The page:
Trying to be the Apologist for the Republicans and Failing
Democrats are giddy these days (showing that Democrats are not aware that the Fall elections are in the Fall) over the fact that Mr. Obama has a strong lead in the polls. This lead is being driven by a huge gender gap, the fact that Mr. Obama has overwhelming support from women voters. Conventional wisdom is that this is due to the Republican ‘War on Women’ that started earlier this year. That war is where Republicans are trying and in some case succeeding in passing legislation to control women’s access to health care and to control what is done when they do have access to health care.
Now this explanation cannot be allowed to stand for Conservatives, because it would mean that one part of Conservative doctrine, that government should exercise more rather than less control over specific health care issue for women was not a winning political strategy. So we have William McGurn in the Wall Street Journal trying to explain away the problem. He starts out this way.
David Paul Kuhn is chief political correspondent for RealClearPolitics and author of "The Neglected Voter: White Men and the Democratic Dilemma." In an interview on Monday he told me the argument that Mr. Romney has lost women's support over the course of the contraception debate is contradicted by the timing.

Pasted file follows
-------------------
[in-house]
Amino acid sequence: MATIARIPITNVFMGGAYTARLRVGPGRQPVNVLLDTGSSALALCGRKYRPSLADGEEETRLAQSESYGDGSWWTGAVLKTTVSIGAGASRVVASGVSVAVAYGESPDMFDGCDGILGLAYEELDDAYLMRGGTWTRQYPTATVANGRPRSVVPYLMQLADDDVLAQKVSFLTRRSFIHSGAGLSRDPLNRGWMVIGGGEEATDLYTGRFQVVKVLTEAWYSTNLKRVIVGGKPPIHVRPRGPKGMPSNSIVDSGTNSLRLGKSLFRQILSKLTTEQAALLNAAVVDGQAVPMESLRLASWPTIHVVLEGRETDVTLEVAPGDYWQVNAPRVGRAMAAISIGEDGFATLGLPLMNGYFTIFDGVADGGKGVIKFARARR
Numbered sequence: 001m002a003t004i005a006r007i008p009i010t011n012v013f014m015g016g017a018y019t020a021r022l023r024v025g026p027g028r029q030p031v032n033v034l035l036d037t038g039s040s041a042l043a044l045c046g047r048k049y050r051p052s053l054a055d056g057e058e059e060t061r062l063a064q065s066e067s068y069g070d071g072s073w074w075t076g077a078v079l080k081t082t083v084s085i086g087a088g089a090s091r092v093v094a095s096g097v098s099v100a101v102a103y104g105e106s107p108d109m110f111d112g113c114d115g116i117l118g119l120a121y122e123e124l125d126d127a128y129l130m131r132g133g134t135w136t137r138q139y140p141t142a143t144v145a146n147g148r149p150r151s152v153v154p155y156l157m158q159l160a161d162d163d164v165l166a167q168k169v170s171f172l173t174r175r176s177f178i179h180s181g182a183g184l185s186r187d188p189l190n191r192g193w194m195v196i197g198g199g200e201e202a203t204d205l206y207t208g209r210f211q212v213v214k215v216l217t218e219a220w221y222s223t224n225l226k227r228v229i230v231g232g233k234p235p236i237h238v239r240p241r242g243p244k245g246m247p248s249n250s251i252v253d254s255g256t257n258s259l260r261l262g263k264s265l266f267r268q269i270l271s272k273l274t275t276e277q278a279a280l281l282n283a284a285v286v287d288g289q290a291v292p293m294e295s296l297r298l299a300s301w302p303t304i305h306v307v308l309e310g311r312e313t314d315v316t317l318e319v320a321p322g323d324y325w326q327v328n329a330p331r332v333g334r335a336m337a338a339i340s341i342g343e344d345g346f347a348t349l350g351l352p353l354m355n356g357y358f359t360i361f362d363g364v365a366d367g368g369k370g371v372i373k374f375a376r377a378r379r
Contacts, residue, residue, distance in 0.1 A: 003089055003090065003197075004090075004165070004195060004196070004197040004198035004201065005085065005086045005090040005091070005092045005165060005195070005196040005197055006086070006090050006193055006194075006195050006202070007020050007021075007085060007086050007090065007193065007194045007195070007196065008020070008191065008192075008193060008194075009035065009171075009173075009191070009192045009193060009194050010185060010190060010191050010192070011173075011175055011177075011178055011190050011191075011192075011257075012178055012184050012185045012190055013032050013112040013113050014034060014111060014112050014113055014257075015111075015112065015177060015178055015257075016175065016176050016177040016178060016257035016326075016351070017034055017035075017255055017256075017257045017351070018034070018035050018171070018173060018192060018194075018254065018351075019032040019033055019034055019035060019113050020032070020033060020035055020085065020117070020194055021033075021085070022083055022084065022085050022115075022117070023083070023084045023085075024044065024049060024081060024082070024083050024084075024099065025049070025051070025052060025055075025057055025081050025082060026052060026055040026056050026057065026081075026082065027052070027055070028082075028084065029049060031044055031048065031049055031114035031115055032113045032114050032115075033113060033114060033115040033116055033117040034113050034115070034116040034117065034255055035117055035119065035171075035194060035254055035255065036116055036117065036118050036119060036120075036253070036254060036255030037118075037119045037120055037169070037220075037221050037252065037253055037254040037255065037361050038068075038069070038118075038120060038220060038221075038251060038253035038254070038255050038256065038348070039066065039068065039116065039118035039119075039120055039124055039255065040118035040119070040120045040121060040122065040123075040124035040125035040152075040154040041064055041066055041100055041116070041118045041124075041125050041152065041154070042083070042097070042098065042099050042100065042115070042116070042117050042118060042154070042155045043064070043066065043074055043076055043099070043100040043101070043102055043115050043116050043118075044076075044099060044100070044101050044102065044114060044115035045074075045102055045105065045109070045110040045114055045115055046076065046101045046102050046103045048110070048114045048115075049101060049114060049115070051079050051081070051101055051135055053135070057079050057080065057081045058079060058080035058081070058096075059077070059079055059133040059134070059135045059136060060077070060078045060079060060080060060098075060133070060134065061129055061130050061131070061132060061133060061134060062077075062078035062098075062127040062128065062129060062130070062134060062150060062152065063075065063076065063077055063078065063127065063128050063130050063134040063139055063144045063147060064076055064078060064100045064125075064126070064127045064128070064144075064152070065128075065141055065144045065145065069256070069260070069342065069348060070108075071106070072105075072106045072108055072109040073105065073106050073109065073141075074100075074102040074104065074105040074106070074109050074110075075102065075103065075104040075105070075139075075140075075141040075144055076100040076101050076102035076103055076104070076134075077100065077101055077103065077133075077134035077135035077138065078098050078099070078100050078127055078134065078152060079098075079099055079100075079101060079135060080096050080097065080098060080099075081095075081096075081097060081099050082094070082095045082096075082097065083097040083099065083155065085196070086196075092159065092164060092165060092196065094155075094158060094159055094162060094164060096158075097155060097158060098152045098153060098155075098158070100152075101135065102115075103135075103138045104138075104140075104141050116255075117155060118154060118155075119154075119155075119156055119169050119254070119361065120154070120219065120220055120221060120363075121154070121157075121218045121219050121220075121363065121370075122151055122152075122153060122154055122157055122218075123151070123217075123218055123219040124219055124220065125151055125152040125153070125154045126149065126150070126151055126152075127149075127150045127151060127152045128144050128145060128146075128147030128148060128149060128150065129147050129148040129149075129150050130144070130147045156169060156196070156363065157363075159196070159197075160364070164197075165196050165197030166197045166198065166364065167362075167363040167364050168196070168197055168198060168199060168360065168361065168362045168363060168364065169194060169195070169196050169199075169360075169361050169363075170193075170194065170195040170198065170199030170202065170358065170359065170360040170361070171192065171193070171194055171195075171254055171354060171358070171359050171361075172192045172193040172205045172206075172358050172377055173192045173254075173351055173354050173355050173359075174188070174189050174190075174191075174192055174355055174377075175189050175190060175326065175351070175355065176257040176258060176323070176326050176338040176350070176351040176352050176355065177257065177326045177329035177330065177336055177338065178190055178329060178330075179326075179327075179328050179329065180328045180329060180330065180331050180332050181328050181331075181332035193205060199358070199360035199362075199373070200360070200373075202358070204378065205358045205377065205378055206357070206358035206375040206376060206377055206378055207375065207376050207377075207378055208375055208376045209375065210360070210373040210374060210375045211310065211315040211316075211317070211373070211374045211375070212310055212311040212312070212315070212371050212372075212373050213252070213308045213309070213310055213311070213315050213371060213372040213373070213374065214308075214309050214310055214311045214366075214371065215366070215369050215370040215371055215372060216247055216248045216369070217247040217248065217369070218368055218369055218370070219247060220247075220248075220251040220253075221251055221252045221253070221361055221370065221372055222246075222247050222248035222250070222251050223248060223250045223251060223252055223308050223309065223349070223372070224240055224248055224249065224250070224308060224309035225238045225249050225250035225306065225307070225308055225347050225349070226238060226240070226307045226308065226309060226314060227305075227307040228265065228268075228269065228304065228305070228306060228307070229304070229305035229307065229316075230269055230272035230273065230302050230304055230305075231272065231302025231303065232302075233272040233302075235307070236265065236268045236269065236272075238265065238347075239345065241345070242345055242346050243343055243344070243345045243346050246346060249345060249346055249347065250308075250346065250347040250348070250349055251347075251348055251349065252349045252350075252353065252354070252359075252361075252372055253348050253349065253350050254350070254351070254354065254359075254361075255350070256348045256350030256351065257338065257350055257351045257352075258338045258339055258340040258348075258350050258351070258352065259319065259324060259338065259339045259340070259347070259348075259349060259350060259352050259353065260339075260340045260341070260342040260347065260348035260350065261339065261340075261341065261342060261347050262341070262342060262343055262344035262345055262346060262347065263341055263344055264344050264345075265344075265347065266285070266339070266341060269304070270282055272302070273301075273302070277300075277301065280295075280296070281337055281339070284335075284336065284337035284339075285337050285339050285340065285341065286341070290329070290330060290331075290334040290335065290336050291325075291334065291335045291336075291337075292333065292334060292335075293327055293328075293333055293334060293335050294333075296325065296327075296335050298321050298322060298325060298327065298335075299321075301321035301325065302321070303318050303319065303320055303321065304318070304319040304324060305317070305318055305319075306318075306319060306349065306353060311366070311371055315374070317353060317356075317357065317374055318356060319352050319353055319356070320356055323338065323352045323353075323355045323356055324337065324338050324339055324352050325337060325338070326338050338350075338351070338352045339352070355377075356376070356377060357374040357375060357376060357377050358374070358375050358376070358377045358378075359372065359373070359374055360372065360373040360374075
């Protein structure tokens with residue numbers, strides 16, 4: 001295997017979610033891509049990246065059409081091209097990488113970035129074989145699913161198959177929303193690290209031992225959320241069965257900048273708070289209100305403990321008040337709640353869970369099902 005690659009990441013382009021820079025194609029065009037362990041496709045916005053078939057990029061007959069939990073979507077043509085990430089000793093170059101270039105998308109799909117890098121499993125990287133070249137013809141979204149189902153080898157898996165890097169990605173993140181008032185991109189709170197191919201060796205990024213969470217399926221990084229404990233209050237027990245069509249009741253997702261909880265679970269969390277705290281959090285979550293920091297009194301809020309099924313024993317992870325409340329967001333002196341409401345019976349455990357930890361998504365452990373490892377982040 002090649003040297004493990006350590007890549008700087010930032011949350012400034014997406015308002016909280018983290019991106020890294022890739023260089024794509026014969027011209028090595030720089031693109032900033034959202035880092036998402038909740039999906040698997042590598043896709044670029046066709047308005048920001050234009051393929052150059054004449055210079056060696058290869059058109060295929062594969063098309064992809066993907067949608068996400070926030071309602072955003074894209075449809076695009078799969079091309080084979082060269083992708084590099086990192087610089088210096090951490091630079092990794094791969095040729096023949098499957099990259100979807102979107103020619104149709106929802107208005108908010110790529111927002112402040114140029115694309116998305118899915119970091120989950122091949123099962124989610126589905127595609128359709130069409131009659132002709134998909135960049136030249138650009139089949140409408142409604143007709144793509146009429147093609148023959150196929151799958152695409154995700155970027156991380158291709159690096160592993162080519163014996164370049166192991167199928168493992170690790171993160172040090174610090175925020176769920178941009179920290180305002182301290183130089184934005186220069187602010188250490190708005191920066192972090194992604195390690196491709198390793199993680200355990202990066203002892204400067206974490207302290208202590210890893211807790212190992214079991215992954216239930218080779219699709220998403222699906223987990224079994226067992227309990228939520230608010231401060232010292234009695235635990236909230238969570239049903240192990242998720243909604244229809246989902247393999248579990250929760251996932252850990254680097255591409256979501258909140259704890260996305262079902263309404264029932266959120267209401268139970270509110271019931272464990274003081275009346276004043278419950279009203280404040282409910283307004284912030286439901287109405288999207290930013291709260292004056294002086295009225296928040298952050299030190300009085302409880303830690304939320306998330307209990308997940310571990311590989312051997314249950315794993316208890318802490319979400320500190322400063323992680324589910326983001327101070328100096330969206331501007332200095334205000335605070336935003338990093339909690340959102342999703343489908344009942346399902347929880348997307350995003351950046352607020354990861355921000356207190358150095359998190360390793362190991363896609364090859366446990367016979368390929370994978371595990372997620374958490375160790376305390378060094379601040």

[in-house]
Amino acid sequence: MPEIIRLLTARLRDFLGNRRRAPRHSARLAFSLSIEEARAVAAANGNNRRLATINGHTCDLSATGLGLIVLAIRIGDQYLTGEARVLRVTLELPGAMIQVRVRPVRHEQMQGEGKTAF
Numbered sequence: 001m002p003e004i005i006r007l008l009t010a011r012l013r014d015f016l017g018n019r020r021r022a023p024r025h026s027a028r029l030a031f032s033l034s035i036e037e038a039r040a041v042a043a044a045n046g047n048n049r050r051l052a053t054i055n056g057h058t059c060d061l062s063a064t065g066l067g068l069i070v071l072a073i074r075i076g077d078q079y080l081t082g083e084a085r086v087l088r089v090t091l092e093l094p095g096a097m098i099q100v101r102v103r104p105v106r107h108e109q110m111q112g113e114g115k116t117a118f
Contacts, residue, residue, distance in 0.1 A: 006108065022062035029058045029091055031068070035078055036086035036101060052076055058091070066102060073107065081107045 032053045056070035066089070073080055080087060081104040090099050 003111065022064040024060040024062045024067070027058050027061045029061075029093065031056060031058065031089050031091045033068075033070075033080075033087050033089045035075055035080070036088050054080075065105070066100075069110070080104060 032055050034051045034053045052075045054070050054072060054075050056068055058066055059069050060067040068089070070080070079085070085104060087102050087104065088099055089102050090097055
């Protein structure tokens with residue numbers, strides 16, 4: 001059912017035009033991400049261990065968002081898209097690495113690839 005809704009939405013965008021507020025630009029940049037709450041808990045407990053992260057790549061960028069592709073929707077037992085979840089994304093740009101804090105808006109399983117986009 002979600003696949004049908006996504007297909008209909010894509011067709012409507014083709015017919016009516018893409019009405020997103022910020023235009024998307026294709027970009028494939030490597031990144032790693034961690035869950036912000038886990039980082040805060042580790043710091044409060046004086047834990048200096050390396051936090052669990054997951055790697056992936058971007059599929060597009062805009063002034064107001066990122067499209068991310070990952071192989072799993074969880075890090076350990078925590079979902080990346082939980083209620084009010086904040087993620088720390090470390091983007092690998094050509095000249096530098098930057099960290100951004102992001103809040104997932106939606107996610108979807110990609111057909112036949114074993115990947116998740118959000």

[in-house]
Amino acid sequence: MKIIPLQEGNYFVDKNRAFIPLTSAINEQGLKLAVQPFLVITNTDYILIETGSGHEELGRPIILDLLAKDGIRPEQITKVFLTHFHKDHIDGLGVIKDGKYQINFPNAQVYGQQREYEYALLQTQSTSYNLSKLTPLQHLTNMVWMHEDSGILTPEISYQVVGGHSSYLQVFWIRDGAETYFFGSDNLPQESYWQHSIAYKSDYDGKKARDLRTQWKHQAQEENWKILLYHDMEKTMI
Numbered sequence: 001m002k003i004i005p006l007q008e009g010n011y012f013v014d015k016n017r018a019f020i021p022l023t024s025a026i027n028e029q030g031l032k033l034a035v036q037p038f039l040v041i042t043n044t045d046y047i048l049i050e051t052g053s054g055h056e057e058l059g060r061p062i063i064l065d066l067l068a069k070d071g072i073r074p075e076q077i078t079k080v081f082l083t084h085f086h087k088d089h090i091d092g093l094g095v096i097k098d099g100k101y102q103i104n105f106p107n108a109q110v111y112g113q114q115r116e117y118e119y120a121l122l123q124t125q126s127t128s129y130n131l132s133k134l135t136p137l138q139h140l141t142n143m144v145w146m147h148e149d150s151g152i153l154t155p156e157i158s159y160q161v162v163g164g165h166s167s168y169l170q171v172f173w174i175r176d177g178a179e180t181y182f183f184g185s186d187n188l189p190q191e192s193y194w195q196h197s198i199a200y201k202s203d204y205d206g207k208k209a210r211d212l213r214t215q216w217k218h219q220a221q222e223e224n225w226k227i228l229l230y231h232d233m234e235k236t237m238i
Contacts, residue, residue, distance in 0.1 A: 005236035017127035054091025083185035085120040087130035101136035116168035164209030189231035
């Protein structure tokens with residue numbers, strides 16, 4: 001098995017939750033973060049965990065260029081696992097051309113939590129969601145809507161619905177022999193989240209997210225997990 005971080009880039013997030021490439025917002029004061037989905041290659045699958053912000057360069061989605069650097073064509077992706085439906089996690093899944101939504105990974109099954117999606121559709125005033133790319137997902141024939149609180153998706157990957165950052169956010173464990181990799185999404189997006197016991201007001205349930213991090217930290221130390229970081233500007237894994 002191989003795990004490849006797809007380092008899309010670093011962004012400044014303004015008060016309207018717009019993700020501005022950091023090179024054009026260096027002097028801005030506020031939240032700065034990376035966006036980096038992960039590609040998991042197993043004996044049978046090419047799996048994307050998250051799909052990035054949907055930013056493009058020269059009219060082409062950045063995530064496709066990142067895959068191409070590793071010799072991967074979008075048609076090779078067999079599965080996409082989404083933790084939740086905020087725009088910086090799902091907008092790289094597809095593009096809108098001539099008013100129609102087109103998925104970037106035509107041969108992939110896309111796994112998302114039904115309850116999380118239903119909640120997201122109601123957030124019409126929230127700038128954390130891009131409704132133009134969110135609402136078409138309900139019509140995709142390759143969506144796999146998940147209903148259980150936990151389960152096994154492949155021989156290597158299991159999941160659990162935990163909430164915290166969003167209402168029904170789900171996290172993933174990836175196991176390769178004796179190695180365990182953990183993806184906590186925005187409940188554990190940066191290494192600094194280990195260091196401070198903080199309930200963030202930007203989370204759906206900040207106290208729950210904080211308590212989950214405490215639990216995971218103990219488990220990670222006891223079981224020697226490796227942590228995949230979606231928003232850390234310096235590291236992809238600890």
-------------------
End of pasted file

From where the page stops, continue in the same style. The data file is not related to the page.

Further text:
"If the heated contraceptive debate was shifting the female vote, I would expect it to have burned Republicans with women back in February, when the debate was at its climax,"
So the first mistake Mr. McGurn makes is that he assumes everyone is paying as much attention to politics and issues as he (and us) are. But there is a lag in public opinion. It may take weeks or even one to two months before an issue penetrates the consciousness of an electorate consumed with other issues, like living a life, making a living, and dealing with the plumber.
But Mr. McGurn wants to argue that this is winning issue for Republicans, because it is really about religious freedom.
The first is that nearly half of women under 50 attend religious services weekly. The second is that a majority oppose in principle what the administration is doing. When asked, for example, whether the federal government has the right to force morally objectionable coverage on religious institutions, 52% of these women say "No."
Notice how the questions is phrased here, and the surprising fact that when it is phrased that way the response wasn’t 100%. So Mr. McGurn concludes that Republicans have a winning argument here on religious freedom.
All of which suggests that Republicans who advance a religious liberty argument when asked about the contraception mandate will find a receptive audience.
Uh Mr. McGurn, Republicans have been making this argument for months. It ain’t flying anywhere.
Finally for pure comic relief, unintended of course, there is this repudiation of the charge that Republican policies on women’s health and reproduction issues are not hurting Mr. Romney.
One problem with this explanation: The same USA Today poll reports that 63% of those surveyed say they don't even know what Mitt Romney's position on government and birth control is.
Really, can anyone read that and suppress a belly laugh. Mr. Romney doesn't know what his position on government and birth control is, so why should the rest of us. Thanks for the chuckles Mr. McGurn.